Most sales reps make the following mistake ? at least until they get beaten up enough times to know better. They develop their well-oiled 9-minute, 17-second sales ?pitch,? rehearse it till they?ve got it down pat, then deliver it without letting the client say a word until they?re done.
The problem? When the client finally speaks, and says ?No,? the rep has no idea where he lost him, and finds it difficult or even impossible to retrace and find out.
Don?t do that! Tell the client short bits at a time. Follow each point with a question, such as: ?Knowing what you know now, is this something you could get excited about?? If the client says ?no,? the rep knows (s)he has to change direction right there and resolve the objection. The client?s ?no? acts like a rudder on a boat, enabling the rep to ?tack? or steer in a different direction each time (s)he hears it. Make all the corrections and all the client can say is ?yes.?
When you think you?ve done everything right, including making all the mid-course corrections, and the client still says ?no,? don?t wimp out! Ask him why.
This is especially important when the client gives you a lame ?I don?t know,? or ?I need to think about it.? (No one needs to ?think about it.?) The client knows then and there if he?s going to buy. It?s my experience that most advertisers give those lame answers when they want to get rid of the rep for now, hoping to postpone the decision they know they need to make, at least until the rep comes back weeks or months later.
It?s really cruel to lead a rep along with ?I need to think about it,? but at that moment the client does not want an argument or a rehashing of the sales pitch. He just hopes the rep gives up.
Stand up for yourself. You?re not there to waste your time or his. Ask the advertiser what he has to think about ? make him tell you. Take each point, one at a time, and ask how he feels about each.
Many times, it comes down to money. In that case, you might offer to stretch out the billing or cut back the number of impressions, take his credit card, or whatever the client can handle. You have to be brave enough, strong enough, to find out what the ?no? was really about.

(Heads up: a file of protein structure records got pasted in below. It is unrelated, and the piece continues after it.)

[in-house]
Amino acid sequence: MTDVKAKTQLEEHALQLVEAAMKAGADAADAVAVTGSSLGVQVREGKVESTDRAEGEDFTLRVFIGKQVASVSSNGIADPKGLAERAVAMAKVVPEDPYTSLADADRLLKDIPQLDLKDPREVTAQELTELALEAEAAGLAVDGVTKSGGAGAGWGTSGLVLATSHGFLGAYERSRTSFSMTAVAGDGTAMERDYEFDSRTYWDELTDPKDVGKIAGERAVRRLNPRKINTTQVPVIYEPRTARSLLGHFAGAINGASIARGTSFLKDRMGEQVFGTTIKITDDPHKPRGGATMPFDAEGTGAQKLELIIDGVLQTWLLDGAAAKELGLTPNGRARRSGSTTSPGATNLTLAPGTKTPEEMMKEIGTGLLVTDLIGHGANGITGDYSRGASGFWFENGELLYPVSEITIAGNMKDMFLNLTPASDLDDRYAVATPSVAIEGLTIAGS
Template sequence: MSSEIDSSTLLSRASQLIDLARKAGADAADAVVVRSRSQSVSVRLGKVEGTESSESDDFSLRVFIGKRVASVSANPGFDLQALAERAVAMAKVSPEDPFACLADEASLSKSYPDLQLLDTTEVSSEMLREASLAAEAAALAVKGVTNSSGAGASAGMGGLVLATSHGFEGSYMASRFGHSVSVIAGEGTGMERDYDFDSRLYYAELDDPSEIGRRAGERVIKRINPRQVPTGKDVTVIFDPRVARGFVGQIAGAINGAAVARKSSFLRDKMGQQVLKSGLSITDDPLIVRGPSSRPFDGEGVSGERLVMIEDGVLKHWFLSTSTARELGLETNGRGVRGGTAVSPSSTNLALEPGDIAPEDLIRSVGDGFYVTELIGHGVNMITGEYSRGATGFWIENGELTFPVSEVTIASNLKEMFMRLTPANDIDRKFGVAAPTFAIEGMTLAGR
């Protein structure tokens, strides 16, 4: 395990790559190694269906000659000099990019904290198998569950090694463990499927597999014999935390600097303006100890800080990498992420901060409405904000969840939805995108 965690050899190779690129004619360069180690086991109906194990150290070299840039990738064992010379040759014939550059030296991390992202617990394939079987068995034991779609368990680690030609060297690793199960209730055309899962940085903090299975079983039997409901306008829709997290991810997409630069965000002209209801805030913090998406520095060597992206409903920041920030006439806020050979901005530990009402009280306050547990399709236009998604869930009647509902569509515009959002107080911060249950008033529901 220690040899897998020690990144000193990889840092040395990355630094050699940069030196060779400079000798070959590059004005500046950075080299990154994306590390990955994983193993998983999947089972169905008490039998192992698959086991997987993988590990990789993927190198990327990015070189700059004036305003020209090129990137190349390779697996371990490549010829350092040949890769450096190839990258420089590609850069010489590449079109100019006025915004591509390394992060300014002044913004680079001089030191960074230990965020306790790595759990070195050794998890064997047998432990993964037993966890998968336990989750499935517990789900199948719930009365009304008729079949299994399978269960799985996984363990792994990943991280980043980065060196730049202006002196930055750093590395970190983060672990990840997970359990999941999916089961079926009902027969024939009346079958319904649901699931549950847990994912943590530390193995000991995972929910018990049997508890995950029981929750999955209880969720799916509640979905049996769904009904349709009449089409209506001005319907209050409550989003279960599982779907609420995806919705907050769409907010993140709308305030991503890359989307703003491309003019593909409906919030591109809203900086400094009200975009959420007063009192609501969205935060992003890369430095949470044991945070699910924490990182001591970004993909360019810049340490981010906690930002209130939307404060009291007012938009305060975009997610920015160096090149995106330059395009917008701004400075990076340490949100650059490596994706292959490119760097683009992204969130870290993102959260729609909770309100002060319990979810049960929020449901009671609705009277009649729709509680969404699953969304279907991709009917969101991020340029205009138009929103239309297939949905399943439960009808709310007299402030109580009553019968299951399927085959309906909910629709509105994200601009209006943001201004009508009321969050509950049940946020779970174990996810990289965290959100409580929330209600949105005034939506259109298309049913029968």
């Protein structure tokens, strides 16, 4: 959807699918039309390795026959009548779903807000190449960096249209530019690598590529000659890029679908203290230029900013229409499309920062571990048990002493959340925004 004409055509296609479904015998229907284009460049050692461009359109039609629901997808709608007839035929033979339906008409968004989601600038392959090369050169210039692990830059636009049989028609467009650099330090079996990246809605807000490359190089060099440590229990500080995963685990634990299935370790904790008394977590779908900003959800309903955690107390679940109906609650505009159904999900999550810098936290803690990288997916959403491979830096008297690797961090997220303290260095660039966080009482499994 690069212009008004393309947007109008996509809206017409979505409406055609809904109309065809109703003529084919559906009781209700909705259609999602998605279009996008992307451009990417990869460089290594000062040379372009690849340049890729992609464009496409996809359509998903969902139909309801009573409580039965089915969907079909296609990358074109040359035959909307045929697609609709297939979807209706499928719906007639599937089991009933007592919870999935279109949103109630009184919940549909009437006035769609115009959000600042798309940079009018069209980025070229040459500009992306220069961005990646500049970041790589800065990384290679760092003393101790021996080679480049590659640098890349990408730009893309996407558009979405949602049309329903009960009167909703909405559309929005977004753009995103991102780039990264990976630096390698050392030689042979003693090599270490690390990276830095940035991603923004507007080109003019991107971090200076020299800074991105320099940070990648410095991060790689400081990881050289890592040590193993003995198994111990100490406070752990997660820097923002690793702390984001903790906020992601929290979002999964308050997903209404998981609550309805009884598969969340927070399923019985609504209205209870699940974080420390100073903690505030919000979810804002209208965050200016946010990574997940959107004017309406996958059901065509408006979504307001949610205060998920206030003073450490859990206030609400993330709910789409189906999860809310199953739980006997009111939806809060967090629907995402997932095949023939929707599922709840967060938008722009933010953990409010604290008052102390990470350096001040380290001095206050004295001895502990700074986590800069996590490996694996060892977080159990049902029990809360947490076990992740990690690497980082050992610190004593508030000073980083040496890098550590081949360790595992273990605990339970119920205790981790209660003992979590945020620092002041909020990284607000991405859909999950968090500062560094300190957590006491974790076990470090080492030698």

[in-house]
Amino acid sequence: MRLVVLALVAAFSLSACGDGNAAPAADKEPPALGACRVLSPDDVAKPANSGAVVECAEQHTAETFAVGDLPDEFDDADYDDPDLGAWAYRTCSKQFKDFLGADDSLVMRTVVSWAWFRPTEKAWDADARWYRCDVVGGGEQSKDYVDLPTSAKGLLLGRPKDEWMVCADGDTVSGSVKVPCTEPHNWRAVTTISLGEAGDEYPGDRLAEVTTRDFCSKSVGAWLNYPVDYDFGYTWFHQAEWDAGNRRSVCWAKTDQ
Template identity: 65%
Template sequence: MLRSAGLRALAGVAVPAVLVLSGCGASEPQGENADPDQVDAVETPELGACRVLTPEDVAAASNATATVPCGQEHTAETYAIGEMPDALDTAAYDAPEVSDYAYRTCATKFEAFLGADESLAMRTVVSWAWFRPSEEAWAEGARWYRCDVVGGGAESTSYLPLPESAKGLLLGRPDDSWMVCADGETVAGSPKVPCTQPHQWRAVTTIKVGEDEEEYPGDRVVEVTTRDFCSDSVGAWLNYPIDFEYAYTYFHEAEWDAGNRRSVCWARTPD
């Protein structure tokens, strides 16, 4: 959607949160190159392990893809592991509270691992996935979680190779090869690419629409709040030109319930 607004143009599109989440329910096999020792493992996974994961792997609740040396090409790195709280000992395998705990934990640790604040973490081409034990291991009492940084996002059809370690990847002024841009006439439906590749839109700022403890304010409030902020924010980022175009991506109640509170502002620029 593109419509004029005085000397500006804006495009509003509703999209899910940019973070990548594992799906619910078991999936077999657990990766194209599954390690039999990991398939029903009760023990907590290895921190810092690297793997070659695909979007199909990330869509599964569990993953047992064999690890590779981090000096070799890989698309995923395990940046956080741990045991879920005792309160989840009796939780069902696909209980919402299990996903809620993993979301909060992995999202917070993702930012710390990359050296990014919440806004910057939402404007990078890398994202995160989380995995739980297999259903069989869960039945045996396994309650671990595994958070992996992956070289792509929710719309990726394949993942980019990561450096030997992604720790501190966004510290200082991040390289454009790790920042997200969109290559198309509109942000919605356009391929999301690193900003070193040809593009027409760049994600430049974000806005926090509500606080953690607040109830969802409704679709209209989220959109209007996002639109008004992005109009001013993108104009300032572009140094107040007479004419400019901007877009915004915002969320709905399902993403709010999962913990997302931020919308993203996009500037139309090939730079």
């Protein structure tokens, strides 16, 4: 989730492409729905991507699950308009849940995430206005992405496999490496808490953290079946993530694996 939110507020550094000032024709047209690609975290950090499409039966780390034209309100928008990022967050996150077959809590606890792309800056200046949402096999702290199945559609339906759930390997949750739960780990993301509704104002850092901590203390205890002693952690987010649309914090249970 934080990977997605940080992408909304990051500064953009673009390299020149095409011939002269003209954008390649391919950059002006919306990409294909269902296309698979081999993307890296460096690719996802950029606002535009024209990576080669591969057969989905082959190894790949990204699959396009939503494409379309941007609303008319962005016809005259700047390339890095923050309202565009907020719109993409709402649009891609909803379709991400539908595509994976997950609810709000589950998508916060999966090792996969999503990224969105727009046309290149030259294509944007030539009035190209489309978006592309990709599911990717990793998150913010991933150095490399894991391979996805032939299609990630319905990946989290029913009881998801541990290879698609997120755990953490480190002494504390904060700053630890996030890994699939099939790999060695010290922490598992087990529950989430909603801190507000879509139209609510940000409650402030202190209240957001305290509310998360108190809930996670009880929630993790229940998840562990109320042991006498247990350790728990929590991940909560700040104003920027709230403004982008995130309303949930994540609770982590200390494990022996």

Another strategy? Tell the client you thought you had prepared well for the presentation and had answers for any objections he might have. Beat yourself up right in front of him for not doing a good job. No client likes to see a rep beat himself up. Most will try to make you feel better by explaining why you haven?t sold them. Armed with that explanation, you may then get a second chance.
Remember, when a client says he needs to ?think about it,? or asks you to come back at a later time, he?s really about to take out his little business card and hand it to you?the one that says, ?Thursday isn?t good for me?how about never??
Everyone knows the hardest part of the job is ?chasing? clients. Coming back later after the client ?thinks about it? is almost always a waste of your time and his ? valuable time you could be spending on other clients. Don?t let advertisers do this to you. Far better to learn to close the sale on the spot, or at least to dig hard to unearth the client?s objections and work to overcome them.
BOTTOM LINE: Use ?No? as a helpful road sign ? it means the advertiser has an objection. Find out what it is and turn your sales pitch in a different direction, even make a U-turn if necessary. ?I need to think about it? is just another objection. Find out what he needs to think about and make a final effort to close the sale now!
Gary Ratcliff is the owner of High Impact Communications, Inc. and a broadcast sales author. Visit his LinkedIn page HERE.
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